Karen Michelson Hartwick Hart

Class of 1890 or 1891
Career Pathway: 

Karen Hartwick as a young womanKaren Bessie Michelson Hartwick HartKaren Hartwick as a middle-aged woman was nominated by Nancy Lemmen.

Karen was the daughter of Nels Michelson, a founding partner of Salling-Hanson Lumber Company. She was born in Manistee in 1872, and her father moved the family to Grayling when she was a young child. She and her future husband were school friends. After graduating (probably in 1890 or 1891) from Grayling High School as the class valedictorian, Karen attended Oberlin College; she then worked as a stenographer/secretary for her father’s company.

Edward graduated from West Point in 1893 and was made a second lieutenant in the 9th Cavalry Regiment of the U.S. Army, commanding the famed “buffalo soldiers.” When the Spanish-American War broke out in 1898, his regiment was sent to Cuba to fight alongside the Rough Riders, Colonel Theodore Roosevelt’s First U.S. Volunteer Cavalry.

After returning to the United States in August 1898, Lt. Hartwick and his regiment were sent to Fort Huachuca in the Arizona Territory. He took a leave in October to return to Grayling to marry Karen, his high school girlfriend. The newlyweds then went back to Arizona until he resigned his commission in August 1899.

Edward and Karen Hartwick returned to Grayling, where he worked as a cashier for Grayling State Bank. In 1900, he bought interest in the Hanson-Michelson Lumber Company in Mason, Michigan. His partner was his father-in-law, Nels Michelson.

In 1901, the Hartwicks moved to Jackson, where Edward joined with Thomas Woodfield to start the Hartwick-Woodfield Company, and in 1909 they moved to Detroit where Edward established the Hartwick Lumber Company. 
During these years, Edward and Karen raised a family. In 1903, Edward (Nelson) was born, followed by Robert in 1906. Edward Ernst, who was born in 1911, died the following year.

When the United States entered World War I, Edward Hartwick offered his services to the Army, and he was commissioned as a major in September 1917. He commanded a battalion of the 20th Regiment of Engineers, made up of foresters, lumberjacks and mill workers. The 20th Regiment was sent to the French front at the end of 1917, where Major Hartwick died of spinal meningitis on March 31, 1918. He was 48 years old.

According to Genevieve Gillette, an early Michigan conservationist and acquaintance of Karen Hartwick, Edward had spoken frequently with his father-in-law Nels on the merits of preserving the few remaining large pines in northern Michigan. Those discussions and her husband's conservationist leanings could have been the driving force behind Karen's choice of a memorial.

At any rate, in 1927 she purchased 8,236 acres near Grayling – including 85 acres of the last remaining old-growth white pine trees in the Lower Peninsula – that formerly had belonged to the Salling-Hanson Company, and she donated the entire acreage to the State of Michigan.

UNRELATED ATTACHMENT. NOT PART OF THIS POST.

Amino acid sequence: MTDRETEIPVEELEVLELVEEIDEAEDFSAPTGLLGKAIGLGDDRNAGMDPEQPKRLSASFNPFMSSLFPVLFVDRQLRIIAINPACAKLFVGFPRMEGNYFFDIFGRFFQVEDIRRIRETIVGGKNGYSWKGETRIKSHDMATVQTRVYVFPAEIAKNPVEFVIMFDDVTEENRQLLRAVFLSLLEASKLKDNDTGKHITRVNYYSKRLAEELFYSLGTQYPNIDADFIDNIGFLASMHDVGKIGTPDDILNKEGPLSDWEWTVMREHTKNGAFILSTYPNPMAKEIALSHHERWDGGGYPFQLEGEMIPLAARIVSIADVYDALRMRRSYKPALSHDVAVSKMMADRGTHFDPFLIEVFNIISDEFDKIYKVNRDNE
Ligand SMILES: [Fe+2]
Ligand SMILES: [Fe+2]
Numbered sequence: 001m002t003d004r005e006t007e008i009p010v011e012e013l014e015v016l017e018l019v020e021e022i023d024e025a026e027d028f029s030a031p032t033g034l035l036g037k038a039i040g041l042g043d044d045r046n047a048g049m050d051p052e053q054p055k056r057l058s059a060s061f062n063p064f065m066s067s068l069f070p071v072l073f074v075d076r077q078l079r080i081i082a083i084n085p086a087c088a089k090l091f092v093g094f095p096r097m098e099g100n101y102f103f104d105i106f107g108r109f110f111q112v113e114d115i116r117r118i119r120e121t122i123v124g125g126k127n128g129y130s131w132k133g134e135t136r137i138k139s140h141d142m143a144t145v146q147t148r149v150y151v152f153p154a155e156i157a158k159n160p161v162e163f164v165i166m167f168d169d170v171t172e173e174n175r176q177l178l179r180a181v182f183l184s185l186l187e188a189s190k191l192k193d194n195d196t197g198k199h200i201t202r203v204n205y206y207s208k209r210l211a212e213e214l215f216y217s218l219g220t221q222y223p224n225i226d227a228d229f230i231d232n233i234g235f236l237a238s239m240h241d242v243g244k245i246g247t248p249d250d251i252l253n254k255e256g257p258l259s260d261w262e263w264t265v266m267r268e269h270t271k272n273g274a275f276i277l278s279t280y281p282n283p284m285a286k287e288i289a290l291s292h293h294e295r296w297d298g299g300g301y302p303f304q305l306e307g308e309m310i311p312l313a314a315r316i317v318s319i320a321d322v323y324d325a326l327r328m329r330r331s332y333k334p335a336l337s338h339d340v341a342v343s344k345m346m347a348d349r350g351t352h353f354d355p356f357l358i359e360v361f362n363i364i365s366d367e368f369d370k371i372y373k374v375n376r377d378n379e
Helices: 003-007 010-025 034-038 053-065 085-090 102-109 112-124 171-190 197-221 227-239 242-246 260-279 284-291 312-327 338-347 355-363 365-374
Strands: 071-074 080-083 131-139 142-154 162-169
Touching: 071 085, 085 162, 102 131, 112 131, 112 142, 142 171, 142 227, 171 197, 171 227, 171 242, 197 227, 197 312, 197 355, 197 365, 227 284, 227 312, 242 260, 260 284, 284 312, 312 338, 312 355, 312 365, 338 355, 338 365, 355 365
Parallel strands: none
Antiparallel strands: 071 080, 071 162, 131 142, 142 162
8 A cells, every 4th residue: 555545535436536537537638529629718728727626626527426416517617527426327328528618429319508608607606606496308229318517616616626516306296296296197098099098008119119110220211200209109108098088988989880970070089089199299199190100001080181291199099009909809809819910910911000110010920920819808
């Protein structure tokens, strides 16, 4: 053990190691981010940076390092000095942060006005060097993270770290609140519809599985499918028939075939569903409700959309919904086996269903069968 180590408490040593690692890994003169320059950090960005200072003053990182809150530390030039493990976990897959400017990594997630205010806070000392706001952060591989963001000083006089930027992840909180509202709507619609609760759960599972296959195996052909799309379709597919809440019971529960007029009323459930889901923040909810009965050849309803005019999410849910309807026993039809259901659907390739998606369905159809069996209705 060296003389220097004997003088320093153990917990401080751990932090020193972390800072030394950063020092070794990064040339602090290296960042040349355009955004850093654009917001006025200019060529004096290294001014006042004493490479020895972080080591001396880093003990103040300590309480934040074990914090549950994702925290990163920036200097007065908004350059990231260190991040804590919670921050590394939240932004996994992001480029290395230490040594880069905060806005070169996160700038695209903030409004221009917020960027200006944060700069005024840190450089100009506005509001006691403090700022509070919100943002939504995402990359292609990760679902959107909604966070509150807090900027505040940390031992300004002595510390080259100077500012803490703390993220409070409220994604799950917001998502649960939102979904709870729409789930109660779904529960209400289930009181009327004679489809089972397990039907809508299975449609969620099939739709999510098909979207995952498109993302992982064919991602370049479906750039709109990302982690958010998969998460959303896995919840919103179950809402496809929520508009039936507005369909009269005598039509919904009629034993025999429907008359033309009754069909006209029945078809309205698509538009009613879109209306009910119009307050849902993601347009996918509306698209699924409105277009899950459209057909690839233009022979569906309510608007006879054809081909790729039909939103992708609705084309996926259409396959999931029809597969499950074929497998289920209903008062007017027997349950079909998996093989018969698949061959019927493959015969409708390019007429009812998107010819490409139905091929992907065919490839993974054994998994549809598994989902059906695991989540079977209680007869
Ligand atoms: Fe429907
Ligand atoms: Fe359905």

In her formal agreement with the State, Mrs. Hartwick listed several conditions: that the parcel’s forests be protected, including the stand of old-growth pines; that the land be used only for park and conservation purposes; that a roadway be constructed from State Trunk Line M-27 (today Old 27) to the property; and that a memorial building be erected and maintained on the property in memory of Major Hartwick and the lumbering industry.

Although original construction of the park’s building dedicated to Major Hartwick began in 1929, work was halted by the onset of the Great Depression. Efforts resumed in 1933, when members of the Civilian Conservation Corps finished construction of that building and then also completed two log cabins in 1934-1935 that would house the logging museum.

Mrs. Hartwick was also influential in the naming of two of the park's lakes. Her father had a team of oxen, named Bright and Star, which he used for skidding logs out of the forest. She requested that the former Alexander Lakes be renamed in their honor. Members of the State Board of Geographic Names felt that there were already too many Star Lakes in Michigan, but they settled on Glory instead, and Bright Lake and Glory Lake were named after two logging oxen.

Hartwick Pines State Park was formally dedicated on July 19, 1935.

Edward Hartwick’s memorial building served as the main welcome center for Hartwick Pines State Park until 1994, when a new visitor center opened. In 1998, the Edward E. Hartwick Memorial Building was listed on the National Register of Historical Places.

Karen Bessie Michelson Hartwick Hart died in 1950 at the age of 78.

Hillary Pine, a historian with the Michigan DNR, wrote about Karen in 2018: “It is impossible to discern precisely what Karen Hartwick imagined her donation would look like 90 years after deeding her property to the state of Michigan, but it certainly seems that the Hartwick Pines State Park of today lives up to her expectations. Every year, tens of thousands of visitors enjoy the park, replete with its logging museum, old-growth forest, campground, trails, and lakes. Her substantial donation preserves Edward Hartwick's legacy – and no gift could better honor a soldier, husband, lumberman, and Michigander.”